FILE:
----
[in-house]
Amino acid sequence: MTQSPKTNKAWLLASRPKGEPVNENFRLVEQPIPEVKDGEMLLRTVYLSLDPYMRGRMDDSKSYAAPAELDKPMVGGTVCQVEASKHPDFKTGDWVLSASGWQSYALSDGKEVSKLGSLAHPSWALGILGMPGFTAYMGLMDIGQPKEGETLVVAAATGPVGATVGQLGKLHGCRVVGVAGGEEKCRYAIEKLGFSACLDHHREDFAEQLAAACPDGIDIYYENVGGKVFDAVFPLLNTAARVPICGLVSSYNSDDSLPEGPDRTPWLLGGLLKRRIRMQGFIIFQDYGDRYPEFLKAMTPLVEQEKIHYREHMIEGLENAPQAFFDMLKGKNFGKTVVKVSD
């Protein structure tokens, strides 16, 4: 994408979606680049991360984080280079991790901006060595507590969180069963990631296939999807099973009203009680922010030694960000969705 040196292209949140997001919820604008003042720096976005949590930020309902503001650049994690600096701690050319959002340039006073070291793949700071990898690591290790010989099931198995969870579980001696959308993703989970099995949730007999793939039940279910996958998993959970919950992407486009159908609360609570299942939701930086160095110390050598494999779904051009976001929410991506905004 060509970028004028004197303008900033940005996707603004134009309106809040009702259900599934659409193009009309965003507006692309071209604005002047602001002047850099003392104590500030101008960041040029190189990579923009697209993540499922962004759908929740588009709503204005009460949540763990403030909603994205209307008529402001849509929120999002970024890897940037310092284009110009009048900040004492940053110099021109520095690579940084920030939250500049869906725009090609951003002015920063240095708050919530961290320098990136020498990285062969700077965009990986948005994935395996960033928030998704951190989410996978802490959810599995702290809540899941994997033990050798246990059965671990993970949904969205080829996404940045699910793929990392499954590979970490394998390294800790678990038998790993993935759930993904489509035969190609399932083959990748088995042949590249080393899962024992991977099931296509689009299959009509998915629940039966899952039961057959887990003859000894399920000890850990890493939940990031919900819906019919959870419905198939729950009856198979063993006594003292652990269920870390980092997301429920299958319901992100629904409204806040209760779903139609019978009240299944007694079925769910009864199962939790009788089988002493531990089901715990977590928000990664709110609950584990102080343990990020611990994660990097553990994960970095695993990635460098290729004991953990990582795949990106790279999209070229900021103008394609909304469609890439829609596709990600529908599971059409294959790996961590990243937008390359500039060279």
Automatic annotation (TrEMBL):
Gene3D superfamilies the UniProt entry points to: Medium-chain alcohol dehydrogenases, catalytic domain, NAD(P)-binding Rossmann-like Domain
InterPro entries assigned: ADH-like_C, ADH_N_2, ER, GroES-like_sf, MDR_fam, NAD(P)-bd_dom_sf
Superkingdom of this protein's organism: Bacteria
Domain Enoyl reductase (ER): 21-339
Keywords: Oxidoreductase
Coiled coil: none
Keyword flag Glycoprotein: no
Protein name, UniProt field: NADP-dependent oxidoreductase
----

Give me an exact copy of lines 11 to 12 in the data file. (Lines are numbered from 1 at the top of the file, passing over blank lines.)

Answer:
Keyword flag Glycoprotein: no
Protein name, UniProt field: NADP-dependent oxidoreductase